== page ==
Lucas Matthysse knocks down Lamont Peterson in the third round on his way to a TKO win during their fight in Atlantic City. (Al Bello/GETTY IMAGES)

District fighter Lamont Peterson came into Saturday night’s bout against Lucas Matthysse with a plan to measure his opponent in the early rounds and then outbox him the rest of the way at Boardwalk Hall.

Peterson never got that chance, falling victim to two stinging left hooks in the third that sent the International Boxing Federation junior welterweight champion to the canvas. That was enough for referee Steve Smoger, who stopped the non-title fight at 2 minutes 14 seconds in a result that has been typical for Matthysse.

The Argentine slugger logged the 32nd knockout of his career, this time overwhelming an opponent with a decorated résumé who had designs on joining the conversation for best pound-for-pound fighter in the world. Now it’s Matthysse whose stock is soaring given the excitement he brings into the ring with his one-punch power.

“I got a little lazy with my jab,” said Peterson, who suffered the first knockout of his career. “He hit me with some really good shots. I felt as if I could have kept going, but the ref called it. I guess tonight he was a better fighter.”

Peterson (31-2, 16 knockouts) went down three times in all. The first instance came late in the second round after Matthysse (34-2) connected with a straight right that dazed Peterson. Matthysse followed with a looping left hook, and Peterson was down for the fourth time in his last five fights.

The Washington Post’s Mike Wise makes the case that D.C. should get behind Lamont Peterson, who is competing for the International Boxing Federation’s title on Saturday. (Post Sports Live)

When Peterson hit the mat for the first time in Round 3, Smoger told him he would call the match after one more significant shot. Moments later the stunning end arrived for Peterson, who lost for the first time since Timothy Bradley beat him by decision on Dec. 12, 2009.

“I knew when I dropped him, I knew he could tell how strong I was,” Matthysse said through an interpreter. “Now we all know who the best 140-pound fighter is. No one has dominated Peterson like that.”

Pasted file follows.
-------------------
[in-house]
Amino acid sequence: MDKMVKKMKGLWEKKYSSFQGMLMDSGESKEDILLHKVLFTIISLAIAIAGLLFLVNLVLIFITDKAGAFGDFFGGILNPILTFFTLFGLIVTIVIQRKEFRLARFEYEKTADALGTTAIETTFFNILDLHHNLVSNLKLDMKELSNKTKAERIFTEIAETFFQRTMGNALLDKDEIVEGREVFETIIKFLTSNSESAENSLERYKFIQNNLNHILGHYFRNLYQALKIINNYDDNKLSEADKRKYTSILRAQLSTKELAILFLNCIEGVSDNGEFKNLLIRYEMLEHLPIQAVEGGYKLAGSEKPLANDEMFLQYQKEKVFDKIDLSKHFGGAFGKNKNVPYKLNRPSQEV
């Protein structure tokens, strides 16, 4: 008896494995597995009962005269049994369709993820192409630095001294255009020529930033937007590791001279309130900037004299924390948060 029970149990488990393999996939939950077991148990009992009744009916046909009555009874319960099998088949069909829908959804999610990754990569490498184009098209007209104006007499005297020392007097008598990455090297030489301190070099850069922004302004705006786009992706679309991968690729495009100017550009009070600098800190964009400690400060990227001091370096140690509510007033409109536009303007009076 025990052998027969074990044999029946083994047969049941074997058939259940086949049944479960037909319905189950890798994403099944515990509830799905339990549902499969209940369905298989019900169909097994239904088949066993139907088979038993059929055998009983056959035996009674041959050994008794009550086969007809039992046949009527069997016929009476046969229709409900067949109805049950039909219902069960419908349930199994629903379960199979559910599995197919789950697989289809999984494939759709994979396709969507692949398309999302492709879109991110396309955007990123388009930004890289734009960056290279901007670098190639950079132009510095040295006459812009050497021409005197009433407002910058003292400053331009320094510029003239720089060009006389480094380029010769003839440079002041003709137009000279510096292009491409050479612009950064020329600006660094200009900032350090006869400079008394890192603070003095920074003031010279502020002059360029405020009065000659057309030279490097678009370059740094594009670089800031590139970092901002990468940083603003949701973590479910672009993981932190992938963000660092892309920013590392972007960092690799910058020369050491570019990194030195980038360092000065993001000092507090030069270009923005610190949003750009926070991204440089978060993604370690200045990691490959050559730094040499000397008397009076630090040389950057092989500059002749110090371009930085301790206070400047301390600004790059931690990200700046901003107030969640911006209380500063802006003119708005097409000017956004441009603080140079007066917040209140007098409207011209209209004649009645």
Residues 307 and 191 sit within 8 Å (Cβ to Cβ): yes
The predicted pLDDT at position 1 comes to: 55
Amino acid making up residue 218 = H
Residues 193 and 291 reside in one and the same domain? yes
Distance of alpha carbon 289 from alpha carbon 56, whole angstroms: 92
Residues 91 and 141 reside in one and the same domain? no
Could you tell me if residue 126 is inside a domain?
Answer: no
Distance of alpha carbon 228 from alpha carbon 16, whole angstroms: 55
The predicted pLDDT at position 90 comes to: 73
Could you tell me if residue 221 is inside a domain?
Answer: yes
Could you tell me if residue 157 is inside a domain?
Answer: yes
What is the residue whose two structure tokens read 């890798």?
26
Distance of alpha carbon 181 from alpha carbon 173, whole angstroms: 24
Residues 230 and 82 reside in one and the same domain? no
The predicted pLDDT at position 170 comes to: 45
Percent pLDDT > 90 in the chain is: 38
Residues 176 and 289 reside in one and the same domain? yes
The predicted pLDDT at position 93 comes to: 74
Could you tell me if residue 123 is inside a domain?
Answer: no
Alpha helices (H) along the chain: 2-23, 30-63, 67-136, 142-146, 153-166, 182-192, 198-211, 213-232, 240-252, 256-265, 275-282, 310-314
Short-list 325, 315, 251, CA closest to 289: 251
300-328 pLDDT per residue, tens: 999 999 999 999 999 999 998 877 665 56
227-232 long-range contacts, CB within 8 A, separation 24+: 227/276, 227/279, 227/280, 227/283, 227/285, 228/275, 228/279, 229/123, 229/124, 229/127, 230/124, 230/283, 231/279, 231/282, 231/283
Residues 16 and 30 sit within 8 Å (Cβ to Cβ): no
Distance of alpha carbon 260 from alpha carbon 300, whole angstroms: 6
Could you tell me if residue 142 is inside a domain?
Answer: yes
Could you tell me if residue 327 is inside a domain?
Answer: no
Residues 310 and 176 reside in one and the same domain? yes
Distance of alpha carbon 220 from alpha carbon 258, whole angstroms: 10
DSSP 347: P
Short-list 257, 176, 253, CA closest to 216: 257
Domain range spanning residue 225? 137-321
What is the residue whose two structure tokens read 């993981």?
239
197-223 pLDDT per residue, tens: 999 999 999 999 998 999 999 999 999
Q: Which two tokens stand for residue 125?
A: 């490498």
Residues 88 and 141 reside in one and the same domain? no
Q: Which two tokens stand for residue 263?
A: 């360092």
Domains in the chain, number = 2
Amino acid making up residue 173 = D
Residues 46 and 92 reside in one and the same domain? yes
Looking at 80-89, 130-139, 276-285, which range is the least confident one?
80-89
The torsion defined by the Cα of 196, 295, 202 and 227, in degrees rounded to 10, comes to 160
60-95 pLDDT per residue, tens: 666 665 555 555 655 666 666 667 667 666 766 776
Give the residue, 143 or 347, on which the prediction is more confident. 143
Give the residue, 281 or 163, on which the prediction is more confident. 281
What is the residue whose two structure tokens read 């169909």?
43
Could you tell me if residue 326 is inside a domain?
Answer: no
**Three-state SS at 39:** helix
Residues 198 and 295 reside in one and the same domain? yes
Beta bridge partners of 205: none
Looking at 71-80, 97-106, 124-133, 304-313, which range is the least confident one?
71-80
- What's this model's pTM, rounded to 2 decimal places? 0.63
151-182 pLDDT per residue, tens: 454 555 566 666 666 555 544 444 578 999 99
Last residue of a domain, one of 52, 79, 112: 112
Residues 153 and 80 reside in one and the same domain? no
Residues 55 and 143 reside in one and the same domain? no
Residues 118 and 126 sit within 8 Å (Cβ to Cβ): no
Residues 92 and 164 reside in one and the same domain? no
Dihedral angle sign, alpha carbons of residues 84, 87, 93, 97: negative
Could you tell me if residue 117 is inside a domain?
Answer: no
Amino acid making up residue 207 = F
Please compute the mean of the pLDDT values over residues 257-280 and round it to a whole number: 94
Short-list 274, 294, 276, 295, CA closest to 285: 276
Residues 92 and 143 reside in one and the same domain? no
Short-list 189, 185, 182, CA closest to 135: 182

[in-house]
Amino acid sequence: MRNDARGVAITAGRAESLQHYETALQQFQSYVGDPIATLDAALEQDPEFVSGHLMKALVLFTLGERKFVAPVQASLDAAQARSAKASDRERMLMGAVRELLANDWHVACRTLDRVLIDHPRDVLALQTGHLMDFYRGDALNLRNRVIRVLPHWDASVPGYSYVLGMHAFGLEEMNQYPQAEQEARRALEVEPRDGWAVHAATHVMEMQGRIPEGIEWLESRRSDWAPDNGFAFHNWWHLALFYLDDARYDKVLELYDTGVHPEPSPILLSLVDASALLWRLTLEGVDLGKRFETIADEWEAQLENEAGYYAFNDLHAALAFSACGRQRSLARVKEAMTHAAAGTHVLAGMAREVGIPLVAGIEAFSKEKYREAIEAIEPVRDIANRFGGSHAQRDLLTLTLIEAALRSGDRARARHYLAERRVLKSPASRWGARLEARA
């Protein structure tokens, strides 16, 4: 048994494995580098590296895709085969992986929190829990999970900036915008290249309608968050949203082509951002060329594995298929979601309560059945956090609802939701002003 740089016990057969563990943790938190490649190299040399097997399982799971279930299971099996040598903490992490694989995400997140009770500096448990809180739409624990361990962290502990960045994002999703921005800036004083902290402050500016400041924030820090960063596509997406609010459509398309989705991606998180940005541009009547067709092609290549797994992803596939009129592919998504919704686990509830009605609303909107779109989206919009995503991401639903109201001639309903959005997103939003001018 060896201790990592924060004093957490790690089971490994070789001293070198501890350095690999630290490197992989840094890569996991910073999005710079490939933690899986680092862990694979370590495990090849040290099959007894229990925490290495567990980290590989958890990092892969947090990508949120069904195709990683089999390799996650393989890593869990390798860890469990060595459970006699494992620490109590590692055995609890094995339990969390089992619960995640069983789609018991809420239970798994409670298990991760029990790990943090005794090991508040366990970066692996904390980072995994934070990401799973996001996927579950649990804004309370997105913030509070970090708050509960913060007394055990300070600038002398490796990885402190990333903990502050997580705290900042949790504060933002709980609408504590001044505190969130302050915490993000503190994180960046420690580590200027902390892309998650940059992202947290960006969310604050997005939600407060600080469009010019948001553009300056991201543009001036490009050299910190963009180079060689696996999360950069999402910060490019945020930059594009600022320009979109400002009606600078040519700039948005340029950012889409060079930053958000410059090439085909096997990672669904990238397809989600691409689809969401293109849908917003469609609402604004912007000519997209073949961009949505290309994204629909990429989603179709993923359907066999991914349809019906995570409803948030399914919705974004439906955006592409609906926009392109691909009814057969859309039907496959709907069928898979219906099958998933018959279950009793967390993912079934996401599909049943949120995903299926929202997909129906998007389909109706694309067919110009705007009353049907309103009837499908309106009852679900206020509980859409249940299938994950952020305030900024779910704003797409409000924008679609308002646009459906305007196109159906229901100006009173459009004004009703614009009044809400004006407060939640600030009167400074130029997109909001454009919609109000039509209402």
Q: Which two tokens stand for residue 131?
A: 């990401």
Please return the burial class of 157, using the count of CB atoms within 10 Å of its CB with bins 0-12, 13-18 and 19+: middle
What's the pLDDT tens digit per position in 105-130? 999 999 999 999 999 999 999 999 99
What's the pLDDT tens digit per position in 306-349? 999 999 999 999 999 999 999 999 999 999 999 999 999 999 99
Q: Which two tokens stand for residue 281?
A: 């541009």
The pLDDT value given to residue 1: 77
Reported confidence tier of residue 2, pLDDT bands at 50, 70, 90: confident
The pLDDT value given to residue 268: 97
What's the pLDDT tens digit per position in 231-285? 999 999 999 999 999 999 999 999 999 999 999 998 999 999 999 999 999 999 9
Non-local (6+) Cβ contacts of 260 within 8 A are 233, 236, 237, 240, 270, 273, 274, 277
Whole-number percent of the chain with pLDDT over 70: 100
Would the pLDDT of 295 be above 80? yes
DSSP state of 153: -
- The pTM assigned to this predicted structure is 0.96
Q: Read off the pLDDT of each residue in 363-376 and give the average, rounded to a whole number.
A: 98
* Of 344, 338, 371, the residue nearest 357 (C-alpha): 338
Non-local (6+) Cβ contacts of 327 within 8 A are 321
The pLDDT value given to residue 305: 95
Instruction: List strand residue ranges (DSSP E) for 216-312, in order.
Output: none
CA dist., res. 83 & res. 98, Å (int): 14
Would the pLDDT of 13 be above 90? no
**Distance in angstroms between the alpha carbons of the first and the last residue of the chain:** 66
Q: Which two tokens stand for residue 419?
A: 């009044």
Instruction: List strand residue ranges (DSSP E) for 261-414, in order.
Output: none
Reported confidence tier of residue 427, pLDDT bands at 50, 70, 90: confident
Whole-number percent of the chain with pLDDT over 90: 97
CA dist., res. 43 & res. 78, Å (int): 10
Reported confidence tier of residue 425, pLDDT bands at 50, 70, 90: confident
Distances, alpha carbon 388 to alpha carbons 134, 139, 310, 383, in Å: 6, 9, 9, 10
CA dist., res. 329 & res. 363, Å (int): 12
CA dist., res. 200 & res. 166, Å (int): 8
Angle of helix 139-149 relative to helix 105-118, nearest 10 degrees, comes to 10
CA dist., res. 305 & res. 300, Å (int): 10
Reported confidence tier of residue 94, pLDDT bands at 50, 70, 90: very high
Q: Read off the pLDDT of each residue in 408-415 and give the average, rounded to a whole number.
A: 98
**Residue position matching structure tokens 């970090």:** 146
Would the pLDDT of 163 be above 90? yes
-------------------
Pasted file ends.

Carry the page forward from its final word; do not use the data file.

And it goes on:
This scheduled 12-rounder at a catch weight of 141 pounds drew 4,215 at Boardwalk Hall, and was the rare matchup that generated buzz despite no belts being up for grabs. In his first appearance as a member of the Golden Boy Promotions stable of fighters, Peterson said leading up to the bout he would have preferred if his title were at stake along with Matthysse’s World Boxing Council interim super lightweight title.

But the IBF would not permit a unification involving an interim champion, and Matthysse wanted to keep his title rather than relinquish it and fight for only Peterson’s belt. Holding the interim title means Matthysse remains a mandatory challenger for Danny Garcia, who owns three belts at 140 pounds, including the WBC.

“I never imagined I was going to finish it that fast,” Matthysse said. Peterson is “a great champion. He’s a great fighter. He’s fought the best, and nobody ever has been able to knock him out.”

Garcia was among several of the top pound-for-pound fighters in the world observing close to ringside. Also in the crowd was Amir Khan, who lost to Peterson Dec. 10, 2011, in a 12-round split decision at Walter E. Washington Convention Center.

All of those fighters presumably are in the mix to face pound-for-pound king Floyd Mayweather in what would be a highly lucrative payday for any opponent. The highest paid athlete in the world banked $32 million in his last fight, handily beating Robert Guerrero via unanimous decision.

Peterson, 29, has spoken publicly about wanting to fight Mayweather, but Saturday’s outcome leaves his future as a viable headliner in serious doubt. With a possible match featuring Garcia and Matthysse in play for Verizon Center on Sept. 7, according to Golden Boy CEO Richard Schaefer, Peterson could be be a co-feature on that card, perhaps against Zab Judah.

“The game plan was to keep boxing,” Peterson said. “Sometime in the second round, he hit me in the back of the head. I got a little upset, started getting a little more reckless, wanted to bang. I could feel the fight heating up. I kind of abandoned the game plan a bit, and I paid for it.”

Note: Anthony Peterson, Lamont’s younger brother, also watched with great interest several hours after he dispatched Dominic Salcido in an undercard bout.

Anthony Peterson (32-1, 21 KOs) fought for the first time in 17 months, the longest such layoff of the lightweight’s career, anticipating perhaps a touch of rust in a scheduled 10-rounder. He wound up barely breaking a sweat, winning after the completion of Round 2 when the match was stopped because of Salcido’s broken nose.

A ringside doctor determined because the bone in Salcido’s nose was displaced, it potentially could cause more serious internal head trauma if he absorbed additional blows to the face.

That left Peterson with exactly 10 rounds of officially sanctioned boxing since Dec. 10, 2011, when he beat Daniel Attah via unanimous decision on the undercard of Lamont Peterson’s upset of Khan.

District light heavyweight Thomas Williams also won convincingly on Saturday’s undercard, scoring a unanimous decision against Otis Griffin. Two judges scored it 79-73, and another 80-72.